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Dawn O'Hara Edna Ferber

Mostly Eggs

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"You can laugh, eh? Well, that iss good," commented the grave and unsmiling one.

"Sure," answered I, made more flippant by his solemnity. "Surely I can laugh. For what else was my father Irish? Dad used to say that a sense of humor was like a shillaly--an iligent thing to have around handy, especially when the joke's on you."

The ghost of a twinkle appeared again in the corners of the German blue eyes. Some fiend of rudeness seized me.

"Laugh!" I commanded.

Dr. Ernst von Gerhard stiffened. "Pardon?" inquired he, as one who is sure that he has misunderstood.

"Laugh!" I snapped again. "I'll dare you to do it. I'll double dare you! You dassen't!"

But he did. After a moment's bewildered surprise he threw back his handsome blond head and gave vent to a great, deep infectious roar of mirth that brought the Spalpeens tumbling up the stairs in defiance of their mother's strict instructions.

After that we got along beautifully. He turned out to be quite human, beneath the outer crust of reserve. He continued his examination only after bribing the Spalpeens shamefully, so that even their rapacious demands were satisfied, and they trotted off contentedly.

There followed a process which reduced me to a giggling heap but which Von Gerhard carried out ceremoniously. It consisted of certain raps at my knees, and shins, and elbows, and fingers, and certain commands to--"look at my finger! Look at the wall! Look at my finger! Look at the wall!"

"So!" said Von Gerhard at last, in a tone of finality. I sank my battered frame into the nearest chair. "This--this newspaper work--it must cease." He dismissed it with a wave of the hand.

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"Certainly," I said, with elaborate sarcasm. "How should you advise me to earn my living in the future? In the stories they paint dinner cards, don't they? or bake angel cakes?"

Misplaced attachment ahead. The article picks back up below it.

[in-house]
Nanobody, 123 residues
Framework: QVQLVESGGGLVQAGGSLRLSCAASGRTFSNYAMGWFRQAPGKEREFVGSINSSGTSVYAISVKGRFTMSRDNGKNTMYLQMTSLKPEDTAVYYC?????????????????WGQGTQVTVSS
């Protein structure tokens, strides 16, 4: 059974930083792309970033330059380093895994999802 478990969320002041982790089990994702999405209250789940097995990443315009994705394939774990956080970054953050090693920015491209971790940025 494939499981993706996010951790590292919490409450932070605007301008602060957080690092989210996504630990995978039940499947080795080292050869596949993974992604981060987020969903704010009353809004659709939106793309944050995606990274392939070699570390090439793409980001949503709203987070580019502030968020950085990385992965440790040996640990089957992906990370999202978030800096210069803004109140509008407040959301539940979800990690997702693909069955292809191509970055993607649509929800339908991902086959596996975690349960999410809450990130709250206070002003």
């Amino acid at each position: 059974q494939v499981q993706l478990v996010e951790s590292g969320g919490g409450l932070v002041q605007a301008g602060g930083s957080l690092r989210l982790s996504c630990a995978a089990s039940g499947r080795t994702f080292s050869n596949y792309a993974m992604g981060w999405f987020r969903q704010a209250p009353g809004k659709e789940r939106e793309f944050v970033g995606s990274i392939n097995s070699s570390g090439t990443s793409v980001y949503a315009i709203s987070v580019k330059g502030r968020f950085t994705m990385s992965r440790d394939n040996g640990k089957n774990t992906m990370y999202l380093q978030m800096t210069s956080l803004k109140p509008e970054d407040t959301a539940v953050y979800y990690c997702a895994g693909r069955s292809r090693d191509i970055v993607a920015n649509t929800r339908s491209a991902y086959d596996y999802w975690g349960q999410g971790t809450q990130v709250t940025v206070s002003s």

"Are you then never serious?" asked Von Gerhard, in disapproval.

"Never," said I. "An old, worn-out, worked-out newspaper reporter, with a husband in the mad-house, can't afford to be serious for a minute, because if she were she'd go mad, too, with the hopelessness of it all." And I buried my face in my hands.

The room was very still for a moment. Then the great Von Gerhard came over, and took my hands gently from my face. "I--I do beg your pardon," he said. He looked strangely boyish and uncomfortable as he said it. "I was thinking only of your good. We do that, sometimes, forgetting that circumstances may make our wishes impossible of execution. So. You will forgive me?"

"Forgive you? Yes,indeed," I assured him. And we shook hands, gravely. "But that doesn't help matters much, after all, does it?"

"Yes, it helps. For now we understand one another, is it not so? You say you can only write for a living. Then why not write here at home? Surely these years of newspaper work have given you a great knowledge of human nature. Then too, there is your gift of humor. Surely that is a combination which should make your work acceptable to the magazines. Never in my life have I seen so many magazines as here in the United States. But hundreds! Thousands!"

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Dawn O'Hara
Edna Ferber

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